• Greater business value: All in, these benefits amount to major cost savings for the business and turns IT from a cost center to a value center.

EasyVista eBook Blueprint for Proactive IT Service Delivery & Support

How to Create Proactive Managed Services or Proactive ITSM Support

Now that we have covered which services should be included in the proactive approach and what the benefits are, you’re probably wondering about the “how”. How do you create proactive service and support without creating an overworked IT support team?  

The following three tips can help you make the shift from reactive to proactive – little to no human stress needed.  

Automate as much as possible

Automation is an often-feared part of working in IT. Too much automation and employees will begin to worry that their jobs will become obsolete, but not enough automation and you risk employees doing redundant, mundane work that wastes their time and energy. It’s all about striking a balance. However, in the shift to proactive service management, you’ll find it beneficial to lean in toward the use of automation and intelligent software.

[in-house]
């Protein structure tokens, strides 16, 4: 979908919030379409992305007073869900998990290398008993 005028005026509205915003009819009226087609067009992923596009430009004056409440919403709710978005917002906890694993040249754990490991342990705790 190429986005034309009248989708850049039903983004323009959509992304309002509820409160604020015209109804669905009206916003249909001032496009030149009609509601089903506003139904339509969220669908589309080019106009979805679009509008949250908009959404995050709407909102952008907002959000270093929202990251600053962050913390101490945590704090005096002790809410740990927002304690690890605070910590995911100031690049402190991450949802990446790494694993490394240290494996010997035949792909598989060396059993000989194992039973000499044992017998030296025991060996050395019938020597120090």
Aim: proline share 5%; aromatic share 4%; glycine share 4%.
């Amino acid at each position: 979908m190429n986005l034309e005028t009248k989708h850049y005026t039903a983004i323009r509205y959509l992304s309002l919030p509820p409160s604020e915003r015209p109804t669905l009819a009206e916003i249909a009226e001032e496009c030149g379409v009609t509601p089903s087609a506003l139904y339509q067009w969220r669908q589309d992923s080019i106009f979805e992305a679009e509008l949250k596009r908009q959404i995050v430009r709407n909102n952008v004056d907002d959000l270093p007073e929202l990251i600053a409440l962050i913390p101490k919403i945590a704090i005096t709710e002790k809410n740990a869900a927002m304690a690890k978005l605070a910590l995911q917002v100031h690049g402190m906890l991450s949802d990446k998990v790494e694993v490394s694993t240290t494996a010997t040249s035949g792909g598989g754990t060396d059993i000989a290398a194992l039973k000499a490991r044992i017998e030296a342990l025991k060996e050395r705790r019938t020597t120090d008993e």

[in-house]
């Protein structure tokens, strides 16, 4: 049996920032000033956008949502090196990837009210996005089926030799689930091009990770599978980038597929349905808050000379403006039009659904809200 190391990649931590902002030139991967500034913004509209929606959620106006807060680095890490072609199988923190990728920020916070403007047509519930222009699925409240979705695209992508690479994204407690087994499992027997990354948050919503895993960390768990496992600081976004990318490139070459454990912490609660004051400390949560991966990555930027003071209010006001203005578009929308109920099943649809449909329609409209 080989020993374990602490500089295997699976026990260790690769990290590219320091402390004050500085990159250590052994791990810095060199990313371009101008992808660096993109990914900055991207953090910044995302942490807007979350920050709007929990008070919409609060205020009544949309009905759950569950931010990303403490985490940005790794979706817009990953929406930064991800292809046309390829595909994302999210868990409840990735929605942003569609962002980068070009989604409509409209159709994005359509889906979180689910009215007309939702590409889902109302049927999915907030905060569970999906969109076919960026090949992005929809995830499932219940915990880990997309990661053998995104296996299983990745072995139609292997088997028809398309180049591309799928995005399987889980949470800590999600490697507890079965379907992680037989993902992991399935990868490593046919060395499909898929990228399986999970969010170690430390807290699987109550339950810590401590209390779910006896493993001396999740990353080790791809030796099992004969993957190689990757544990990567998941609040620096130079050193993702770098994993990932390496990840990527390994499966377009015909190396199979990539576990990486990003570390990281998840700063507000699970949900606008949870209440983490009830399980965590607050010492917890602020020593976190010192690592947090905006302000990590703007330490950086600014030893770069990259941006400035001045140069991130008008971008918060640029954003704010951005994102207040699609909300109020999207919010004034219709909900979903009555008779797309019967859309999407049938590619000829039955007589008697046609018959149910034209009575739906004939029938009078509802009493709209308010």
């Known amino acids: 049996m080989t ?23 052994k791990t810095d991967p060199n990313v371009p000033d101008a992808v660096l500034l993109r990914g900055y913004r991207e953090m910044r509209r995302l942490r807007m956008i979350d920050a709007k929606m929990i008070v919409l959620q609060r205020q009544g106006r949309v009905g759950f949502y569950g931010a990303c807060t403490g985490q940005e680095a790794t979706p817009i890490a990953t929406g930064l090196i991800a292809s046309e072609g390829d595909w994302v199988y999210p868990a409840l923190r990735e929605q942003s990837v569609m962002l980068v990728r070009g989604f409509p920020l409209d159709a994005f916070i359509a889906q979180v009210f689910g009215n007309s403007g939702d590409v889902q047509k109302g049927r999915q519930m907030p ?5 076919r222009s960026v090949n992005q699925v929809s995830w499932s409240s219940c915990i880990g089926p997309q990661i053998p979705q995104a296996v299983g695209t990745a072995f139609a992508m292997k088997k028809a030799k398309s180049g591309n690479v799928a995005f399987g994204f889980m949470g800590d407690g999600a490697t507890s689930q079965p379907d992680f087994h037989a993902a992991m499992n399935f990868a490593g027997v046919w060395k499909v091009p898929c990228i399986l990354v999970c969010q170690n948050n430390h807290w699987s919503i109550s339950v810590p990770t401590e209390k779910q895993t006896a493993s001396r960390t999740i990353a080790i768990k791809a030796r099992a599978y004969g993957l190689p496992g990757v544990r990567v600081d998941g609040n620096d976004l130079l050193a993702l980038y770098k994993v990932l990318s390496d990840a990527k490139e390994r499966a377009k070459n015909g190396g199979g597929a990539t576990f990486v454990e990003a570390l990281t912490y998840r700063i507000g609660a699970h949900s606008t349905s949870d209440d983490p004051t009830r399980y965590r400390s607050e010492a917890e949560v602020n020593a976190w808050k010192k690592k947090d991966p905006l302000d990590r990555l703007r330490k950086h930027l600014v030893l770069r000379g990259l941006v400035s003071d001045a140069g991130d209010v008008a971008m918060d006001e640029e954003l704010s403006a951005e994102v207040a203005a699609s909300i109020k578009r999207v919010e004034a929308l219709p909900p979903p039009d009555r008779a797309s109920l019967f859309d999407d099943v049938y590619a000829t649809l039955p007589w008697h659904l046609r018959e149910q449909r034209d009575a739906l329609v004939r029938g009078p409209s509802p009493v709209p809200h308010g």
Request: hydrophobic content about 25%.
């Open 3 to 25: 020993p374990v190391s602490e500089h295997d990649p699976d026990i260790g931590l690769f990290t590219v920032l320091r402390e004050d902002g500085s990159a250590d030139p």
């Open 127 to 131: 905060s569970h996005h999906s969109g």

If you want to move toward proactive service management, that will require you to free up agents who can work with the automation and proactive software to actively solve the problems. Of course, the future of self-heal will take some of this pressure off of humans entirely, but for the time being, the more humans that are available to help look to the future the better.  

You can start by automating knowledge sharing through a knowledge management solution, automating workflows, and even automating the remote access and monitoring aspect of the service desk. This level of automation enables proactive service management simply by freeing up humans.

The next levels of automation will create automated processes and procedures for which the human agents can follow up.

Monitor IT Infrastructure